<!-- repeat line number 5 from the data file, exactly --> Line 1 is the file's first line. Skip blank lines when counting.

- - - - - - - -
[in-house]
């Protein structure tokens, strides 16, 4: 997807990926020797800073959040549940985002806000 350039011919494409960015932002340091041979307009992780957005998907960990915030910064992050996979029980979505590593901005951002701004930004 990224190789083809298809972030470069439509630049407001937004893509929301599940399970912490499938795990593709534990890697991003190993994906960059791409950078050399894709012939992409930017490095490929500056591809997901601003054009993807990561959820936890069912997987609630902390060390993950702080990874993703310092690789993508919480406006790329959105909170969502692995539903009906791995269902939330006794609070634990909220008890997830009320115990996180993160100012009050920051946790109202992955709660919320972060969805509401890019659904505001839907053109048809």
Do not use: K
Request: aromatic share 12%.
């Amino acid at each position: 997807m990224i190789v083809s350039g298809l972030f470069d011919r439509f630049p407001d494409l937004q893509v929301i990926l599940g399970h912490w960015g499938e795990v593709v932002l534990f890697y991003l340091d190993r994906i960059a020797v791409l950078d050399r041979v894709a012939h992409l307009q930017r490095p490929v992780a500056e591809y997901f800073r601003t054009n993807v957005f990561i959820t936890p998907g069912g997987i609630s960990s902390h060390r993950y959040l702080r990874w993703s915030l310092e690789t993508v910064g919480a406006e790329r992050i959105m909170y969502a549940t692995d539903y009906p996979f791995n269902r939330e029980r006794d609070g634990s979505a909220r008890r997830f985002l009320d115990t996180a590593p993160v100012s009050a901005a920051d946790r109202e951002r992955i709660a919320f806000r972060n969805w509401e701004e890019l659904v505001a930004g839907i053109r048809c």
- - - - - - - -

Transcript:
């Amino acid at each position: 997807m990224i190789v083809s350039g298809l972030f470069d011919r439509f630049p407001d494409l937004q893509v929301i990926l599940g399970h912490w960015g499938e795990v593709v932002l534990f890697y991003l340091d190993r994906i960059a020797v791409l950078d050399r041979v894709a012939h992409l307009q930017r490095p490929v992780a500056e591809y997901f800073r601003t054009n993807v957005f990561i959820t936890p998907g069912g997987i609630s960990s902390h060390r993950y959040l702080r990874w993703s915030l310092e690789t993508v910064g919480a406006e790329r992050i959105m909170y969502a549940t692995d539903y009906p996979f791995n269902r939330e029980r006794d609070g634990s979505a909220r008890r997830f985002l009320d115990t996180a590593p993160v100012s009050a901005a920051d946790r109202e951002r992955i709660a919320f806000r972060n969805w509401e701004e890019l659904v505001a930004g839907i053109r048809c």